The morning after

“Keep calm and fuck the Jews, brother.” Picture source: You can order t-shirts, coffee mugs, and even a keyring.

I totally screwed up my commute to work today. I haven’t done that in a year and a half! I looked out of the window of the metro wagon (subway car), and didn’t recognize any of the station names. The buildings were not ones that I had seen before. My immediate suspicion—and I don’t even want to think about what this says about the functioning of my mind—was that the metro had smoothly slipped into an alternate universe. Hm, what to do… A check of the sign above the door verified that I was on the right line. A glance out the window verified that I was going in the right direction. Finally, I asked the teenager sitting next to me if they had recently changed the names of the stations—nope. OK: time to go over the various options again. I took a closer look at the sign above the door. It lists the stops, in order, and I soon found the strange station names that I’d been seeing—and realized that I had missed my stop.

I’d missed my stop because I was deep in thought about yesterday’s elections. In the first tour (the first round of voting), the far right National Front party had placed first in six out of thirteen regions. Not surprisingly, I had been greeted in the metro station this morning, the day after elections that saw the far right take a region that had been held by the Socialists, by the following new piece of graffiti: Vive la France—sans juifs. That’s “long live France—without Jews.”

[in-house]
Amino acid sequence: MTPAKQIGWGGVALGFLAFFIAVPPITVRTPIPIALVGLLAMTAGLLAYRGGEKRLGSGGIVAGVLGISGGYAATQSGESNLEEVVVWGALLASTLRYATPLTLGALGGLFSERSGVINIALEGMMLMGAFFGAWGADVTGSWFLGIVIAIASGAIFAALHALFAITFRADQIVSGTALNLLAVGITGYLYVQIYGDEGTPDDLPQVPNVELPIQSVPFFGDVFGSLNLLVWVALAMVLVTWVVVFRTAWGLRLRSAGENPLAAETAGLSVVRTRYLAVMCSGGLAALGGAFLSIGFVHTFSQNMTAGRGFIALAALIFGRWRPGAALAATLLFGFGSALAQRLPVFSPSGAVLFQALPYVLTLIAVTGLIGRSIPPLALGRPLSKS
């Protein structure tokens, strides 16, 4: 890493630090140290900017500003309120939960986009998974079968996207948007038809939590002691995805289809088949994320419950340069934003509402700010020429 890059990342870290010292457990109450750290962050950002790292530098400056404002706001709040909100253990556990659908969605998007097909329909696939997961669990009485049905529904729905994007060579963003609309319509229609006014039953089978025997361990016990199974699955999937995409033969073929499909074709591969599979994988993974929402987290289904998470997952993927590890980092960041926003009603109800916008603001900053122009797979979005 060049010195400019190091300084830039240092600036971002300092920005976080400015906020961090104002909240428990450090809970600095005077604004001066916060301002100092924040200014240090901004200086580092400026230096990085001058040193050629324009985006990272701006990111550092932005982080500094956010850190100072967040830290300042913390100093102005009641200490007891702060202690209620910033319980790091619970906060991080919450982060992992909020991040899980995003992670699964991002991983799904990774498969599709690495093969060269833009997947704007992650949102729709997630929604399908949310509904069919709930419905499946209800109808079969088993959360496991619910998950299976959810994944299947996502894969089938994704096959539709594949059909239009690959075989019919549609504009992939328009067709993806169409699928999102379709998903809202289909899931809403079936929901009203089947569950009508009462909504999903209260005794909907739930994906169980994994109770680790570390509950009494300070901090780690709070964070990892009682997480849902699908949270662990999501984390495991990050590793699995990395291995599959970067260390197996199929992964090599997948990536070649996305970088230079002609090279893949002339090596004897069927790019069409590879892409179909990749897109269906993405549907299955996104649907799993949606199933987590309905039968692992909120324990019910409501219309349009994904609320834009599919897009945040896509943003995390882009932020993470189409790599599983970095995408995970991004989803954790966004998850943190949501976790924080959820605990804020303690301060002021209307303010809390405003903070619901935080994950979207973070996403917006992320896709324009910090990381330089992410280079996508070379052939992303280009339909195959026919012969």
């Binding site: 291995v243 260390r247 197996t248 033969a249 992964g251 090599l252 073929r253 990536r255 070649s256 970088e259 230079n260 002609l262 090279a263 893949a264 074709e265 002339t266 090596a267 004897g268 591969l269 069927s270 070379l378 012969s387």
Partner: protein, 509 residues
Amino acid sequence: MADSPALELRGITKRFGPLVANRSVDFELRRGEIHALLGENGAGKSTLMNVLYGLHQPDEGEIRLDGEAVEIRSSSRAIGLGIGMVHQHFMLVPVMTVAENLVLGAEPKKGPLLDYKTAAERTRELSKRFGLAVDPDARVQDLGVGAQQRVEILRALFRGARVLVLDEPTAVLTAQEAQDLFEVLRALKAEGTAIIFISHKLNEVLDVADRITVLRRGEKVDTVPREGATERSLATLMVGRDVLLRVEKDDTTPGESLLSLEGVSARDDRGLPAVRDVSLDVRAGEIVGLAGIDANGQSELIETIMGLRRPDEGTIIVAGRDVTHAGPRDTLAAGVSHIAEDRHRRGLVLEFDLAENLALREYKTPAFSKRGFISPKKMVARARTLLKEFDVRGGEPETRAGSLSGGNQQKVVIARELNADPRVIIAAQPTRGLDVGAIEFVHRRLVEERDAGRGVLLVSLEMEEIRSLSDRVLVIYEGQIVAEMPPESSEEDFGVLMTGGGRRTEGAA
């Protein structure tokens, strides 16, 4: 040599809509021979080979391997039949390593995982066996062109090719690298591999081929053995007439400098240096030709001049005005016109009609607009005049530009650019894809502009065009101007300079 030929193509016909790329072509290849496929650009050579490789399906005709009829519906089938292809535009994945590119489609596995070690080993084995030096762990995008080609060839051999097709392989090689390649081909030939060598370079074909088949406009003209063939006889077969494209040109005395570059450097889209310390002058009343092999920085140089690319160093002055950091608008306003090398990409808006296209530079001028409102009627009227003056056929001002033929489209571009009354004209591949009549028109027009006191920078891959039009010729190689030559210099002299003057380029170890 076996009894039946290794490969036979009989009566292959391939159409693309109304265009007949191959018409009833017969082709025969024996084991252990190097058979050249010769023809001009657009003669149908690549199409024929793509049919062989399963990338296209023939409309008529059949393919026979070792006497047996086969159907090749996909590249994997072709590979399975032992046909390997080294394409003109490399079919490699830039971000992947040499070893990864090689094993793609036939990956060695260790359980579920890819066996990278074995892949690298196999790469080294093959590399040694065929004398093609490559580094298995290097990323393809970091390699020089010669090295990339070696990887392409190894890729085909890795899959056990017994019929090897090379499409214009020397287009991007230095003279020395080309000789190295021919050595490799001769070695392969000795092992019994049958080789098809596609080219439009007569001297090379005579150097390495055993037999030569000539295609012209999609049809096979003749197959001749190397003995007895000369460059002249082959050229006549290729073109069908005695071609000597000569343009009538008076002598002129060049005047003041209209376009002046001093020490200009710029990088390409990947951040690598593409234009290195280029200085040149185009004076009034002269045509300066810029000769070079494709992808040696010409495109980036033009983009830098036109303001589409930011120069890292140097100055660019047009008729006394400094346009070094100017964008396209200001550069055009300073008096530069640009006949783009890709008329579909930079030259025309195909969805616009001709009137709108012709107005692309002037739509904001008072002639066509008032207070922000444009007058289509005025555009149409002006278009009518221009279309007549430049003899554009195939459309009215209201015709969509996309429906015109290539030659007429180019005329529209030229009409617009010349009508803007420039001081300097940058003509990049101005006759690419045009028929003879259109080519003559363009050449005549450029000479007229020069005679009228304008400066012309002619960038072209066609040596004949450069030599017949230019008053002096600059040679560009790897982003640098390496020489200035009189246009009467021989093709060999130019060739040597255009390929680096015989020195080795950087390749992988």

It’s not a great time to be Jewish in France right now. The right wing has always been anti-Semitic; at the moment, it’s à la mode (fashionable) to be anti-Semitic on the left, too; and, according to The New Yorker’s George Packer’s recent article on the poor suburbs of Paris, the tendency among North African voters is to figure that the far right hates Jews even more than they hate North Africans, so: vote for the far right.

I grew up visibly Jewish—peyos (sidecurls), a yarmulke, all that—so, I am not a stranger to visible expressions of anti-Semitism by any means. I grew up around way too many people with numbers tattooed inside their arms not to know that it can be deadly dangerous. I also have seen it so relentlessly in my own life since then—as an adult with my mother’s French and German Christian looks and tattoos all over my…well, a lot of tattoos, I’m not visibly Jewish, and people often don’t bother to hide racism around me—that I know that most of the time, it’s just assholes. I know that if you don’t go to anti-Semitic places, you will never go anywhere. You most likely won’t be able to stay at home, either.

Everything in the history of Jews in Europe tells you that you have to keep an eye on anti-Semitism–Germany was one of the most civilized, cultured countries in the world–probably the best one for Jews in Europe–right up until it killed 6,000,000 people just like me, just like my grandmother, just like my kid. Everything in the history of everyone in the world also tells you that it’s not adaptive to get freaked out by anything—even malignant assholes. So, no more getting so deep in thought that I screw up my commute–fragility gets you nowhere with this shit. But, I’ll be watching the second tour (second round of elections, with the just the top three placers from the first tour running) pretty closely. I’m totally into the vive la France (long live France) part of that graffiti. But, regarding the sans juifs (without Jews) part: je les emmerde—screw them.

  • le scrutin: poll, polls, ballot, vote, voting, election.


4 thoughts on “The morning after”

  1. I’m amazed at how often “they” are trouble or worthless, and “we” are righteous. Without the black sheep of the world, people would have to consider their own business. Trump and the wall shocks me a little bit. My cousins are pretty horrified by Pegida in Germany, but it struck me as far out as the skinheads here. The South Carolina flag issue and KKK is a little more concerning. What you describe in France sounds way more mainstream. And then in contrast to recent European history. What?


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